The value of you points all depends on what you buy with them. The most common waste of points is redeeming products in the Qantas store. A $100 MYER gift card on the Qantas store is going for 16,600 points. That’s a point value of 0.6cents per point.
Let’s compare that to purchasing a domestic economy ticket from Brisbane to Melbourne and then upgrading that ticket to business class through Qantas Classic Upgrade feature. The cost of a generic ticket is $145 on a Red e-Deal. The cost of the business ticket is a whopping $960!
Click on the tiny info icon next to the fare type (in this case where it says Red e-Deal in the red box). A small pop-up window will appear. Scroll down to read the terms and conditions for the Qantas Frequent Flyer section.
Each type of fare has a ranking in value of the points needed to upgrade. Because Red e-Deal is classed as Discount Economy, we know to use that option in the calculator (image below). If we booked a Flex Fare, we would only need 7,500 points to upgrade. Understanding fare types is important when booking flights for cash.
So we have a different of $815 dollars between economy and business. If we use a points calculator (I like to use PointsHack one its free and easy!) we can find that the 15,000 points required to upgrade will give us a points value of 5.67 cents per point. A huge difference to the 0.6cents for exchanging the gift voucher!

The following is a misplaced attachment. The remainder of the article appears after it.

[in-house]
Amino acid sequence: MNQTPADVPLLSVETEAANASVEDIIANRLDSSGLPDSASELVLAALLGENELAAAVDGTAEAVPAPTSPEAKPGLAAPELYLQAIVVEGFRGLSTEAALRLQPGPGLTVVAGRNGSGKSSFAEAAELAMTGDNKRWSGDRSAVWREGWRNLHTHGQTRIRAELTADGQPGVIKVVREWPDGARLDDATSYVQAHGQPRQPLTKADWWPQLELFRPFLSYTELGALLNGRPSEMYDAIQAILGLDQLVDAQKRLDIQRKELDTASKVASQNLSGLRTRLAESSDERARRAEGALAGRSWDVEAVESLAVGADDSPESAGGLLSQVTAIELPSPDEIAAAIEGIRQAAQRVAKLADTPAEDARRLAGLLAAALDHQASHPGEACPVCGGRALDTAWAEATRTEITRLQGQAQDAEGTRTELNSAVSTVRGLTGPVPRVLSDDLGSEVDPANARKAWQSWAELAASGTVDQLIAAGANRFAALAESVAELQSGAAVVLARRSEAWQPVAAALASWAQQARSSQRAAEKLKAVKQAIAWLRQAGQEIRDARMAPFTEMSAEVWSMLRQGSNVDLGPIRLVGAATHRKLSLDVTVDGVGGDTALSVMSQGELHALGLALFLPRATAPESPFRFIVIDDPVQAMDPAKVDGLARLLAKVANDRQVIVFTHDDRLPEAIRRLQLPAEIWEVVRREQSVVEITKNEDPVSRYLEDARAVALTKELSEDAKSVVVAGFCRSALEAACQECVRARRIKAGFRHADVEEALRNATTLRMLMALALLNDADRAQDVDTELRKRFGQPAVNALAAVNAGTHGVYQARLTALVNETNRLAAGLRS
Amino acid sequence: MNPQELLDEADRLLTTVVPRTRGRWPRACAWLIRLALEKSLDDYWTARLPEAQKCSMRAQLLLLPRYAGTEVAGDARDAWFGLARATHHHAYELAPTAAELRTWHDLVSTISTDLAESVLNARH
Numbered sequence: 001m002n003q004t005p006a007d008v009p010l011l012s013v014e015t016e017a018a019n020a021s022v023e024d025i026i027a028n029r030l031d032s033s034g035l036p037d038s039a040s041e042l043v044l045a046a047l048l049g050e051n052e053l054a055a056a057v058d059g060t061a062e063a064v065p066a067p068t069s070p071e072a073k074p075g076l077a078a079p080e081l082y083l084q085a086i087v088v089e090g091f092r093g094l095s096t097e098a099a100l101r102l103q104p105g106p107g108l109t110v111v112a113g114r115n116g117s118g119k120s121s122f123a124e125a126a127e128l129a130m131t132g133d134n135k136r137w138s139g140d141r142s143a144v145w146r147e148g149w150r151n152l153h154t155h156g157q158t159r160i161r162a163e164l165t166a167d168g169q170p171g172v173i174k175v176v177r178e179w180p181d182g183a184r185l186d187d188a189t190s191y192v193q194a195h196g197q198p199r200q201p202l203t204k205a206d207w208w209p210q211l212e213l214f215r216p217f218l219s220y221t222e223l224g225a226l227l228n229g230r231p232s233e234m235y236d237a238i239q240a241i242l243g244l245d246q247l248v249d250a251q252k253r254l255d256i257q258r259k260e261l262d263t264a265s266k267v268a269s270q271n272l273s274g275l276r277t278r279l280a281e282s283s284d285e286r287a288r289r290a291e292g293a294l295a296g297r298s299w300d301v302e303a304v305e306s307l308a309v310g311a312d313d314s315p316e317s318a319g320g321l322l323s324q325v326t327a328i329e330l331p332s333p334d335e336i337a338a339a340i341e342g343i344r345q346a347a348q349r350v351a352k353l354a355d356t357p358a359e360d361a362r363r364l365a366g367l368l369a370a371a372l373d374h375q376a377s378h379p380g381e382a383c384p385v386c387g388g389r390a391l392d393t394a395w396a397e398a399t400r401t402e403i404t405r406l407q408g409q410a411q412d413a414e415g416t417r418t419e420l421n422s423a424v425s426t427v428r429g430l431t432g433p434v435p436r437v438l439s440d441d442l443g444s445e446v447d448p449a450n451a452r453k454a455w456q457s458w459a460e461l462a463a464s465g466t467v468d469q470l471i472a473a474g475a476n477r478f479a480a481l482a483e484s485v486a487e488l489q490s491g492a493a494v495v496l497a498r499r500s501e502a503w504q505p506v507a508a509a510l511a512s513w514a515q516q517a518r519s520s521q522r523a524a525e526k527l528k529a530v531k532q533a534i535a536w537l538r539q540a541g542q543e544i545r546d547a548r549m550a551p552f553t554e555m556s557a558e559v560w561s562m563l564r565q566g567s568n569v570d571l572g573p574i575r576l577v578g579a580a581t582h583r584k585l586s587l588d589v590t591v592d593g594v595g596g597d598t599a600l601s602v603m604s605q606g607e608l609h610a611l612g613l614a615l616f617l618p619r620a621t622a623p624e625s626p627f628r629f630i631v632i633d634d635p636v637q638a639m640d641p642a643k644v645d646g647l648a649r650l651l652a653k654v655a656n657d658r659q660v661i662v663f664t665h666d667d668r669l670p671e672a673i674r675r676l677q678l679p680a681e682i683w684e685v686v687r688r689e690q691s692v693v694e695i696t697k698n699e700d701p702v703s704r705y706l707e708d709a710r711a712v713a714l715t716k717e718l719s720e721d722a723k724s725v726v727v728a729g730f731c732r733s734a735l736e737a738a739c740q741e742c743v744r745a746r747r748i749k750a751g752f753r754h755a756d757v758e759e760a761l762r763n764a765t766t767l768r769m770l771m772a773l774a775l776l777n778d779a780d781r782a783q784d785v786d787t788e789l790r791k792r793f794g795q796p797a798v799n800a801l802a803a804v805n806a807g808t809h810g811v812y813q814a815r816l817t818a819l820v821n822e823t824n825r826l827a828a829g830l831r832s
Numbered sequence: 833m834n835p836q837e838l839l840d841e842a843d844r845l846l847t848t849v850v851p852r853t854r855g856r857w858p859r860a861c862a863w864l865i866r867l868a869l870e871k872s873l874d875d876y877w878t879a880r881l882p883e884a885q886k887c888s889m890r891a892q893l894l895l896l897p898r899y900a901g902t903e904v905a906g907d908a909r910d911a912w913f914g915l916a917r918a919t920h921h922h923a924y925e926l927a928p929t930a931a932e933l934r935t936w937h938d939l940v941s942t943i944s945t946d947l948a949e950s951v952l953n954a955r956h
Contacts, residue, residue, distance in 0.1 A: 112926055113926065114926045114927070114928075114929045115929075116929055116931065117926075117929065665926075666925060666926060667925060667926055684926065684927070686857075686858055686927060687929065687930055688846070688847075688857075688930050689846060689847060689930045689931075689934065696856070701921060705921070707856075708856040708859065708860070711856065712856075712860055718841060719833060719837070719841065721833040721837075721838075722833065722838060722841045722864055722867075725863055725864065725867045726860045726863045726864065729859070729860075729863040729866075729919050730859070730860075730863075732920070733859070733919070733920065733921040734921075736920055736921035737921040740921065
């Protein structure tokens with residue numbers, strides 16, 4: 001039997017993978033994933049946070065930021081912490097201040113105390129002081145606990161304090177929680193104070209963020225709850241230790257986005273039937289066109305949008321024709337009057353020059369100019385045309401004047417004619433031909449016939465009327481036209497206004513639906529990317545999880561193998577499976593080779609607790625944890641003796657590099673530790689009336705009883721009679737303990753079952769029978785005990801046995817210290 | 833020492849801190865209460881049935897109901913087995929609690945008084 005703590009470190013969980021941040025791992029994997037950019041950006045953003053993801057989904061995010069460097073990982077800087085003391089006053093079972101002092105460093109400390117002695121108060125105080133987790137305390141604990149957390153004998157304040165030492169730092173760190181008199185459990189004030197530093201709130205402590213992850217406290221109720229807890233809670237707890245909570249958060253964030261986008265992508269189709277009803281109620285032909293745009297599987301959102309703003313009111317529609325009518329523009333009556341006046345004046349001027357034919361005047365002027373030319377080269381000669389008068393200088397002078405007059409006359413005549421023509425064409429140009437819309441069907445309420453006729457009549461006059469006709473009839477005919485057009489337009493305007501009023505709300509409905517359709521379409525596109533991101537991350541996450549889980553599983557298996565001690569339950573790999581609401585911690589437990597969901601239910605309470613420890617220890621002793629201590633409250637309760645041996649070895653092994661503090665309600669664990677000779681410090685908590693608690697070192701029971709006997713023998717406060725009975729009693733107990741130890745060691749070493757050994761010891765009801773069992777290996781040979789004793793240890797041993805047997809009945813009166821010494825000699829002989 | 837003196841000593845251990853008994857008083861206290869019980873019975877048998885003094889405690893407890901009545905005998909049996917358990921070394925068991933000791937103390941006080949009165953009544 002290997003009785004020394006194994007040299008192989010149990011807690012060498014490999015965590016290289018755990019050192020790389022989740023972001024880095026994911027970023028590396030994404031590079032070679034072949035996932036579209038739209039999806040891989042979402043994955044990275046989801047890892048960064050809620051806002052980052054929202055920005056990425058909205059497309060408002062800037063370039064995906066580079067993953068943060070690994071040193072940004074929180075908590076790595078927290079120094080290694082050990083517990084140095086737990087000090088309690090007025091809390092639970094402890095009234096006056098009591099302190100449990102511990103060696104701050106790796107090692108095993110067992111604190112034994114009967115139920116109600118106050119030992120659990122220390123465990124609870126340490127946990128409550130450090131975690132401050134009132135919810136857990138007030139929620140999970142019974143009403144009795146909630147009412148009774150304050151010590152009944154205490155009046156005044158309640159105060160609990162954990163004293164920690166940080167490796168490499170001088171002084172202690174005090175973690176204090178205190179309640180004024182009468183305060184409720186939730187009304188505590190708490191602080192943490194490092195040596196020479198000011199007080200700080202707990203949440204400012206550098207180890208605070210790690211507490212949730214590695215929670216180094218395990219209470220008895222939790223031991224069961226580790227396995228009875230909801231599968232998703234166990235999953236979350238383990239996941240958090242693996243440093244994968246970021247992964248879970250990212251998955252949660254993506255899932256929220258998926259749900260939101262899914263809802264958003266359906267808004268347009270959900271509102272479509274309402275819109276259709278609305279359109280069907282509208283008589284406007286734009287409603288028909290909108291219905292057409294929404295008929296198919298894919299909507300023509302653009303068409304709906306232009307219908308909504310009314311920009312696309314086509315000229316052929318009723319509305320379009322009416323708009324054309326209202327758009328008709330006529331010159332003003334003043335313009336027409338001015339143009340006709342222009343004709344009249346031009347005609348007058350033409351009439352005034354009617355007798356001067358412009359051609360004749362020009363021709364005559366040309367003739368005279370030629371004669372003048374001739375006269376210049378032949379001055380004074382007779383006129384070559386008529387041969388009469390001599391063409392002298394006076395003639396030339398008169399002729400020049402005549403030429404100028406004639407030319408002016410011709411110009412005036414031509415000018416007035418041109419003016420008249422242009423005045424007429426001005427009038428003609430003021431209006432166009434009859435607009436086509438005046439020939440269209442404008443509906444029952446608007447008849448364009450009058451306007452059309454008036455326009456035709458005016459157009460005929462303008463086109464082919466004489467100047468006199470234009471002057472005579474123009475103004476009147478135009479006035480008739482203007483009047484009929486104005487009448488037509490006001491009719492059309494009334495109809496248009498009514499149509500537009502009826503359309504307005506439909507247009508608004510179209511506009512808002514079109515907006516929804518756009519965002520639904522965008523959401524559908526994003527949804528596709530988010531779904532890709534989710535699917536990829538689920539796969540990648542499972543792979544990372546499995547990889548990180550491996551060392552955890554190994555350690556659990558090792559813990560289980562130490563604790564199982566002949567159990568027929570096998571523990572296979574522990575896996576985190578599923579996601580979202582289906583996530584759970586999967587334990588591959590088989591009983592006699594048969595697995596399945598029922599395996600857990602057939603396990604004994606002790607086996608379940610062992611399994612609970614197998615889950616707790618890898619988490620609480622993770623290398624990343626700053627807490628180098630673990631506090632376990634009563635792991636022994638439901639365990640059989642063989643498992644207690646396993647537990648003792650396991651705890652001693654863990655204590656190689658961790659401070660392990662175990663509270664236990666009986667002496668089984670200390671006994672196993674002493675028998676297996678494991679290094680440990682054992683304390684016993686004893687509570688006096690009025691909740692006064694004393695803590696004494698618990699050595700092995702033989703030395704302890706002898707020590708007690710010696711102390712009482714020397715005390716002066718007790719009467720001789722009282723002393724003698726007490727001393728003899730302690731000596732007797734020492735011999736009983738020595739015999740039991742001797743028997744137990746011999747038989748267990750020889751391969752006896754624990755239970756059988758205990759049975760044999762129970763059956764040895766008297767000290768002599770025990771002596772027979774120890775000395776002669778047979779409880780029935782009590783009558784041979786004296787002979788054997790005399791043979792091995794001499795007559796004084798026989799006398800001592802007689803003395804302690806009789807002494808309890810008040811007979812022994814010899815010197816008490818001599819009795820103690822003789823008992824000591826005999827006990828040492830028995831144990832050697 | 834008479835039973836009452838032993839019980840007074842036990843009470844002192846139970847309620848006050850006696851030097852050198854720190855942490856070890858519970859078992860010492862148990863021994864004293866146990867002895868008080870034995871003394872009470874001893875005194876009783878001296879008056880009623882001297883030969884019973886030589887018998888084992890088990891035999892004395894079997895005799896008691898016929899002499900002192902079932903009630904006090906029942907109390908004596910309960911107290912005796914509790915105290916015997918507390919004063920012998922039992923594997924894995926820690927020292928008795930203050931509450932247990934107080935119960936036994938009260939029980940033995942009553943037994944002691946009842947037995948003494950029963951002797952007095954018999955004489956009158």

Let’s take this a step higher and apply to a fully paid international fare (since we really want to get overseas here! No offence Melbourne). A generic ticket price from Sydney to Singapore is $680 on a Saver Fare (classed as economy in the calculator). The price for that same flight in a fully paid business class seat is $2460.
If we instead used our points, we would pay 60,000 points + a tiny fee in Taxes. Our flight is basically FREE – and our points value sits at 4.41cents per point. 🙂 Winning! NOTE: This is during a cheap season in flying, where the average price of a business class ticket sits commonly in the $3000 range.
In summary, let’s take a look at the three uses of our points and how they matched up. I also added in a Apple TV and a First Class classic reward to Dubai…(for anyone who wants to go all out!)
Tip: Got a question about points? Just Tweet me here and I will answer!